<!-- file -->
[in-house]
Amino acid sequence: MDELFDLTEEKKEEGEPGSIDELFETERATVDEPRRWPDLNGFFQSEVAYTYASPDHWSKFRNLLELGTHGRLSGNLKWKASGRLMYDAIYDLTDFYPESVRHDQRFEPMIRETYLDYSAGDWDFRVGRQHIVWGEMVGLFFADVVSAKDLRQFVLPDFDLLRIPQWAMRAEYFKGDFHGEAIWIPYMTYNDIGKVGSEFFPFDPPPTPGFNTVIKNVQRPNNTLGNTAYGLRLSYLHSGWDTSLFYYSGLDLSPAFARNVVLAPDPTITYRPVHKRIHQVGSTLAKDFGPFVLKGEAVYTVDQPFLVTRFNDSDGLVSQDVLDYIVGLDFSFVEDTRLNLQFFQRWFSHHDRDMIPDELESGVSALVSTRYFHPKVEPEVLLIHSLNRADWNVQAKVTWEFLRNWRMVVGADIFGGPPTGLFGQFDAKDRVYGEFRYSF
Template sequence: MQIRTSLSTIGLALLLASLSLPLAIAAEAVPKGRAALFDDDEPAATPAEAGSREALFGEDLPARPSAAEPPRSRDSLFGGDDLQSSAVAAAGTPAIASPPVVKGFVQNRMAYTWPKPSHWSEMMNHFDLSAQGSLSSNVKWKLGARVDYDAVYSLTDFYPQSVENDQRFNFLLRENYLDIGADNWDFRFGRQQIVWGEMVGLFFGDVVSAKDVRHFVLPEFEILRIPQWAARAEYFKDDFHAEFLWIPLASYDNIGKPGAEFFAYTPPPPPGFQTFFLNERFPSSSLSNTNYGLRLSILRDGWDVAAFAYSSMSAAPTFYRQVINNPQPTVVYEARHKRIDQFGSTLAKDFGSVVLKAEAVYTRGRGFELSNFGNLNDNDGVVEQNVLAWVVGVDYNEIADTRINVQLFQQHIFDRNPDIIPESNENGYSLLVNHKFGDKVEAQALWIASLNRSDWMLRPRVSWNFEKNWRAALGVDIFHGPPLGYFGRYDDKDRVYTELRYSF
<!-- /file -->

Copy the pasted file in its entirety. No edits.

[in-house]
Amino acid sequence: MDELFDLTEEKKEEGEPGSIDELFETERATVDEPRRWPDLNGFFQSEVAYTYASPDHWSKFRNLLELGTHGRLSGNLKWKASGRLMYDAIYDLTDFYPESVRHDQRFEPMIRETYLDYSAGDWDFRVGRQHIVWGEMVGLFFADVVSAKDLRQFVLPDFDLLRIPQWAMRAEYFKGDFHGEAIWIPYMTYNDIGKVGSEFFPFDPPPTPGFNTVIKNVQRPNNTLGNTAYGLRLSYLHSGWDTSLFYYSGLDLSPAFARNVVLAPDPTITYRPVHKRIHQVGSTLAKDFGPFVLKGEAVYTVDQPFLVTRFNDSDGLVSQDVLDYIVGLDFSFVEDTRLNLQFFQRWFSHHDRDMIPDELESGVSALVSTRYFHPKVEPEVLLIHSLNRADWNVQAKVTWEFLRNWRMVVGADIFGGPPTGLFGQFDAKDRVYGEFRYSF
Template sequence: MQIRTSLSTIGLALLLASLSLPLAIAAEAVPKGRAALFDDDEPAATPAEAGSREALFGEDLPARPSAAEPPRSRDSLFGGDDLQSSAVAAAGTPAIASPPVVKGFVQNRMAYTWPKPSHWSEMMNHFDLSAQGSLSSNVKWKLGARVDYDAVYSLTDFYPQSVENDQRFNFLLRENYLDIGADNWDFRFGRQQIVWGEMVGLFFGDVVSAKDVRHFVLPEFEILRIPQWAARAEYFKDDFHAEFLWIPLASYDNIGKPGAEFFAYTPPPPPGFQTFFLNERFPSSSLSNTNYGLRLSILRDGWDVAAFAYSSMSAAPTFYRQVINNPQPTVVYEARHKRIDQFGSTLAKDFGSVVLKAEAVYTRGRGFELSNFGNLNDNDGVVEQNVLAWVVGVDYNEIADTRINVQLFQQHIFDRNPDIIPESNENGYSLLVNHKFGDKVEAQALWIASLNRSDWMLRPRVSWNFEKNWRAALGVDIFHGPPLGYFGRYDDKDRVYTELRYSF